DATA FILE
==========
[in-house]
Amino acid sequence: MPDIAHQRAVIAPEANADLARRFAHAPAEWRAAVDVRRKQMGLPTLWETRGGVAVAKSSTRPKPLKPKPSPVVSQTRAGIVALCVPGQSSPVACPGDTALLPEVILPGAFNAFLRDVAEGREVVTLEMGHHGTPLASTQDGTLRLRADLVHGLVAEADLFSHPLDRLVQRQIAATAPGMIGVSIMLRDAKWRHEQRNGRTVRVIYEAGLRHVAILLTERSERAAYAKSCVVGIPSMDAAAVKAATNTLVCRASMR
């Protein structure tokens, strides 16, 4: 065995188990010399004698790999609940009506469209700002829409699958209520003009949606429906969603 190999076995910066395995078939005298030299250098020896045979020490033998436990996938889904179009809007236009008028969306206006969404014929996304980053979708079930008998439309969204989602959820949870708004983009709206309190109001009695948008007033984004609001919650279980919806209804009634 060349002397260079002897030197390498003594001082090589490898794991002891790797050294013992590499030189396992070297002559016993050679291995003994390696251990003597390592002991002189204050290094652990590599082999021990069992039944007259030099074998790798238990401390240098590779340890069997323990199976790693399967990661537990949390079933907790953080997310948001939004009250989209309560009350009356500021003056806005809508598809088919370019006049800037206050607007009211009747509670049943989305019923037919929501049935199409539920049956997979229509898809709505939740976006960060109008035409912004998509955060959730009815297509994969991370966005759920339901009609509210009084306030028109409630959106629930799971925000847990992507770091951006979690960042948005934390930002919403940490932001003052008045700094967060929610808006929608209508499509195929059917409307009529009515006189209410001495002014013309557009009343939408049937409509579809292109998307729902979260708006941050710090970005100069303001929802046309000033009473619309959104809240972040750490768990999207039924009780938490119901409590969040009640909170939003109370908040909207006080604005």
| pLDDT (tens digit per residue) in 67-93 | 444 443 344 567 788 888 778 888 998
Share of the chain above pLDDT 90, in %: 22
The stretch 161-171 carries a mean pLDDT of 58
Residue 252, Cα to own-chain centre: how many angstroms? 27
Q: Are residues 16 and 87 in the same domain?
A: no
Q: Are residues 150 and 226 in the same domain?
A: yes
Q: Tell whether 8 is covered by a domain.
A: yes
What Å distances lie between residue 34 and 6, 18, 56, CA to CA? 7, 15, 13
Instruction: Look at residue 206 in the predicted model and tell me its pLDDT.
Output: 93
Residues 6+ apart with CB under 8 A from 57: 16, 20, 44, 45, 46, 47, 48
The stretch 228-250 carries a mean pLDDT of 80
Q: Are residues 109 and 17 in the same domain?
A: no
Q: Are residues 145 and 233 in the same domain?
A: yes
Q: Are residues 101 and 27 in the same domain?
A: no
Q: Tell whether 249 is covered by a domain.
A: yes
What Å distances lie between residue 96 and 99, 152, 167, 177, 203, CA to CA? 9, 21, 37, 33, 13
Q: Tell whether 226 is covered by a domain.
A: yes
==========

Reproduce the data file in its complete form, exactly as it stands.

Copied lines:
[in-house]
Amino acid sequence: MPDIAHQRAVIAPEANADLARRFAHAPAEWRAAVDVRRKQMGLPTLWETRGGVAVAKSSTRPKPLKPKPSPVVSQTRAGIVALCVPGQSSPVACPGDTALLPEVILPGAFNAFLRDVAEGREVVTLEMGHHGTPLASTQDGTLRLRADLVHGLVAEADLFSHPLDRLVQRQIAATAPGMIGVSIMLRDAKWRHEQRNGRTVRVIYEAGLRHVAILLTERSERAAYAKSCVVGIPSMDAAAVKAATNTLVCRASMR
């Protein structure tokens, strides 16, 4: 065995188990010399004698790999609940009506469209700002829409699958209520003009949606429906969603 190999076995910066395995078939005298030299250098020896045979020490033998436990996938889904179009809007236009008028969306206006969404014929996304980053979708079930008998439309969204989602959820949870708004983009709206309190109001009695948008007033984004609001919650279980919806209804009634 060349002397260079002897030197390498003594001082090589490898794991002891790797050294013992590499030189396992070297002559016993050679291995003994390696251990003597390592002991002189204050290094652990590599082999021990069992039944007259030099074998790798238990401390240098590779340890069997323990199976790693399967990661537990949390079933907790953080997310948001939004009250989209309560009350009356500021003056806005809508598809088919370019006049800037206050607007009211009747509670049943989305019923037919929501049935199409539920049956997979229509898809709505939740976006960060109008035409912004998509955060959730009815297509994969991370966005759920339901009609509210009084306030028109409630959106629930799971925000847990992507770091951006979690960042948005934390930002919403940490932001003052008045700094967060929610808006929608209508499509195929059917409307009529009515006189209410001495002014013309557009009343939408049937409509579809292109998307729902979260708006941050710090970005100069303001929802046309000033009473619309959104809240972040750490768990999207039924009780938490119901409590969040009640909170939003109370908040909207006080604005």
| pLDDT (tens digit per residue) in 67-93 | 444 443 344 567 788 888 778 888 998
Share of the chain above pLDDT 90, in %: 22
The stretch 161-171 carries a mean pLDDT of 58
Residue 252, Cα to own-chain centre: how many angstroms? 27
Q: Are residues 16 and 87 in the same domain?
A: no
Q: Are residues 150 and 226 in the same domain?
A: yes
Q: Tell whether 8 is covered by a domain.
A: yes
What Å distances lie between residue 34 and 6, 18, 56, CA to CA? 7, 15, 13
Instruction: Look at residue 206 in the predicted model and tell me its pLDDT.
Output: 93
Residues 6+ apart with CB under 8 A from 57: 16, 20, 44, 45, 46, 47, 48
The stretch 228-250 carries a mean pLDDT of 80
Q: Are residues 109 and 17 in the same domain?
A: no
Q: Are residues 145 and 233 in the same domain?
A: yes
Q: Are residues 101 and 27 in the same domain?
A: no
Q: Tell whether 249 is covered by a domain.
A: yes
What Å distances lie between residue 96 and 99, 152, 167, 177, 203, CA to CA? 9, 21, 37, 33, 13
Q: Tell whether 226 is covered by a domain.
A: yes